You will need to bring different items to different appointments. To your screening appointment you must bring your National Insurance number and your passport as a form of identification. If you are a non-EU citizen you must hold a valid visa to work in the United Kingdom and should bring this with you to your visit. You must also bring your doctors contact details, including telephone and fax number, as they will be informed that you are taking part in a study with us. You should also bring your bank account information with you.
If you are enrolled onto a study you will be informed if there are any study specific items that you will need to bring with you, such as a sleep diary or food log. You must bring these with you to your study appointments.
You may bring mobile phones, laptops, mp3 players and reading material with you. When you are not performing study procedures, the clinical staff will advise you whether you are permitted to read, watch television, play games, or use computers (with internet access). If you are taking part in a study that includes a residential stay, when you go to bed your mobile phones, laptops, watches and music devices such as iPods will be collected and securely stored. Please ensure that any electrical devices that you bring with you are fully charged as you will not be able to charge them during your stay.
On admission to the unit for your residential stay, your bags will be checked and any items not permitted will be placed in storage and returned when you are discharged from the unit.
This varies between studies and the length of the appointment will change depending on which visit you are attending and for which study. Appointments are usually on a weekday. Information about appointments for individual studies can be provided to you by the recruitment team by calling 0800 269 847 or emailing email@example.com.
Appointment dates and times are fixed. We understand that occasionally circumstances change meaning you are not able to make an appointment, if this occurs please get in touch with us as soon as you can so that we can make arrangements. Please be aware that in some cases if you are not able to attend appointments you may no longer be able to remain on a study.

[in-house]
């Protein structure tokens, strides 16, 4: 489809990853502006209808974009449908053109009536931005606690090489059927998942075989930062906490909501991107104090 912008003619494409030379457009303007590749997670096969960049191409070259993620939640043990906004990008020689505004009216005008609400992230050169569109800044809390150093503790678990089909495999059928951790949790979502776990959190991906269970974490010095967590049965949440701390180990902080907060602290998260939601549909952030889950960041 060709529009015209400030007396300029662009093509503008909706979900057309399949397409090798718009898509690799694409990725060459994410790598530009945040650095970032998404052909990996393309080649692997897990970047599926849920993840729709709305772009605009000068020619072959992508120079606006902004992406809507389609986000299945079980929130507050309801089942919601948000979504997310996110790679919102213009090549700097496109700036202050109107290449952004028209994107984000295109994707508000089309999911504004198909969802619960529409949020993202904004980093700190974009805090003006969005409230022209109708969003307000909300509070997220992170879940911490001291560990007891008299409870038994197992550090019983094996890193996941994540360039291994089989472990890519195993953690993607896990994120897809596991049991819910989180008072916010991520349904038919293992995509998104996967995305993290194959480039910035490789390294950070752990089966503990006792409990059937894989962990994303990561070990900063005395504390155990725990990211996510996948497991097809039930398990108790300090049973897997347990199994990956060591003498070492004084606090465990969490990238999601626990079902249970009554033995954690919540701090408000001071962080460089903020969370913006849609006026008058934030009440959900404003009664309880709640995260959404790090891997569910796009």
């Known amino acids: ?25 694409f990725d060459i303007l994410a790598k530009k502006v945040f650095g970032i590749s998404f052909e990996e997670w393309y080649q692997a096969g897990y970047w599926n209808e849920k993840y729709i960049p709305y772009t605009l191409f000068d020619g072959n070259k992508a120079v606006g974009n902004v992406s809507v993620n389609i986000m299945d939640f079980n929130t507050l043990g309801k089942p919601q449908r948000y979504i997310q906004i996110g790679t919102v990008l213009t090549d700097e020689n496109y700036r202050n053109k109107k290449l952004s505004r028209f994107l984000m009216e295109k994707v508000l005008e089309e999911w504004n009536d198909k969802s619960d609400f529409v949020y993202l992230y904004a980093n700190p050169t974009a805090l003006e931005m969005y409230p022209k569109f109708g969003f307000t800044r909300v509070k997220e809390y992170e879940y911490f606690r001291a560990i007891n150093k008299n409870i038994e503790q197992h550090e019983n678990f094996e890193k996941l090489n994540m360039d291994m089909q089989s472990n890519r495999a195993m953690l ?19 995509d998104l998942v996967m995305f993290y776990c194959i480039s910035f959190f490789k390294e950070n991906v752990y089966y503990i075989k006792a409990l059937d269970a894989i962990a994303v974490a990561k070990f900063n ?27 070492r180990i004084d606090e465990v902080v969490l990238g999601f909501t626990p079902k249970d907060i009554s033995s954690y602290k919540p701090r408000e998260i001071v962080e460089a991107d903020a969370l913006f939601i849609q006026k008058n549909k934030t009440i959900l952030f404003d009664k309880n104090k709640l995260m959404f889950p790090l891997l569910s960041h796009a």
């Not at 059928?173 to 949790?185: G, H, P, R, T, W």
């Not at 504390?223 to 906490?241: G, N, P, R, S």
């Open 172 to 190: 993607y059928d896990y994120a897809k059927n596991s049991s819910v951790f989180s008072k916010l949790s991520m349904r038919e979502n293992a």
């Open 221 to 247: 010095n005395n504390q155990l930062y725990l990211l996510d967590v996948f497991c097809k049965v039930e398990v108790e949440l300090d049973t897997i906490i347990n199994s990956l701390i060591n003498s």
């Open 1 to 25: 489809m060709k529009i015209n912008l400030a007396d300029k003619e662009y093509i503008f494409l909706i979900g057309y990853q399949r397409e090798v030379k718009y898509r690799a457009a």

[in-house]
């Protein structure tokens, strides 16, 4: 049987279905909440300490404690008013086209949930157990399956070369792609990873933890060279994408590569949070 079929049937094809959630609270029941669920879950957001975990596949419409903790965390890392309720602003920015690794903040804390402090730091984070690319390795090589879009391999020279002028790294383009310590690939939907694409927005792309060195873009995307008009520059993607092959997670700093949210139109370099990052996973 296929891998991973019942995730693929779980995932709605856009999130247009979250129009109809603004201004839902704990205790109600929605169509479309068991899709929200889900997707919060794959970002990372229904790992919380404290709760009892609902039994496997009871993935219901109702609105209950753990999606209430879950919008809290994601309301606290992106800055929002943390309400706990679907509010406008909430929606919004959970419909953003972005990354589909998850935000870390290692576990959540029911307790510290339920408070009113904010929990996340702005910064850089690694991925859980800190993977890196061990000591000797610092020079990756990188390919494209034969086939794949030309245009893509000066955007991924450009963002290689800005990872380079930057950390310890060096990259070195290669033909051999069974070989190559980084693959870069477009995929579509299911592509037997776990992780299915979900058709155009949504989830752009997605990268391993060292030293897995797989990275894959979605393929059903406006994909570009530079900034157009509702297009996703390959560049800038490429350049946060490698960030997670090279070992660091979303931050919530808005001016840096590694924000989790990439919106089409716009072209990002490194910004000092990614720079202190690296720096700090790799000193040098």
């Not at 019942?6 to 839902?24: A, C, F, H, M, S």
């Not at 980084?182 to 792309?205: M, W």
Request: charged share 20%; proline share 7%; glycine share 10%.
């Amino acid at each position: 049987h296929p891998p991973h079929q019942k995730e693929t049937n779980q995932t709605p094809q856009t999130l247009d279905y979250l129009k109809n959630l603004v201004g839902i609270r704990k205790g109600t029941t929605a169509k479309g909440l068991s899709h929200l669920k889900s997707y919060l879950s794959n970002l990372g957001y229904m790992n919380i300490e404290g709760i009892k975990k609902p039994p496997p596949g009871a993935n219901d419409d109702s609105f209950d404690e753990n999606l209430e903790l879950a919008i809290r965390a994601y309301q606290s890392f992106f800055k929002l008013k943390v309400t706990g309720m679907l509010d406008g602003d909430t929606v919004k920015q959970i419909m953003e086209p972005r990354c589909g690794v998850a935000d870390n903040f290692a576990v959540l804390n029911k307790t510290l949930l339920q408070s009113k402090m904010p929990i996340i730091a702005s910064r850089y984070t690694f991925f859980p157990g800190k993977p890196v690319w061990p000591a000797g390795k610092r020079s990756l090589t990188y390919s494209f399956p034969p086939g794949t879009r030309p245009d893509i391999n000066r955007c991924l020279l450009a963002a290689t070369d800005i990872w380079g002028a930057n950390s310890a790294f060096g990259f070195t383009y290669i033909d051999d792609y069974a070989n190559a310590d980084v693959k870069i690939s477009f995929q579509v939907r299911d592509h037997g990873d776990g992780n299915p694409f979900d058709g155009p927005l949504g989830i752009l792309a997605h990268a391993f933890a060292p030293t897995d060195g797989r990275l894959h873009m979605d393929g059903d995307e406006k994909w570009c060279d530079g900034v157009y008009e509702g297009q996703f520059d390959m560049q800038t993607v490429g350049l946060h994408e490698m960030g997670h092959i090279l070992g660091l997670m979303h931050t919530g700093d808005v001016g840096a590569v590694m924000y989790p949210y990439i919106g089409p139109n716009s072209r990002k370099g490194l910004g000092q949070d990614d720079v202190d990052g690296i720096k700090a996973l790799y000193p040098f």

You must not take part in too many studies because it may be detrimental to your health. Normally you must have a gap of three months between clinical trials. For this reason, we and other units like ours in the UK keep a database of healthy volunteers and record when they take part in studies. You will be registered on this TOPS (“The Over volunteering Prevention System”) database with your National Insurance (NI) number (if you are a UK citizen), your passport number and country of origin (if you are not a UK citizen) and the date of your last dose of study drug. If you withdraw from the study before you receive any study drug, the database will show that you never received a dose. Only Surrey Clinical Research Centre staff and other medicines research units access the information in the database and only with your consent. We may call other units, or they may call us, to check your details. Details will be kept in the database for two years and will then be removed.
All clinical trials have different exclusion criteria, if you have an existing medical condition you may be eligible for one study and not another depending on what the condition is. The final decision of your eligibility is made by the study physician based on the study criteria and your medical history.
Unfortunately we do not have the room to accommodate guests at your appointments. However please free to discuss with the Recruitment or Clinical teams to see if any exceptions can be made.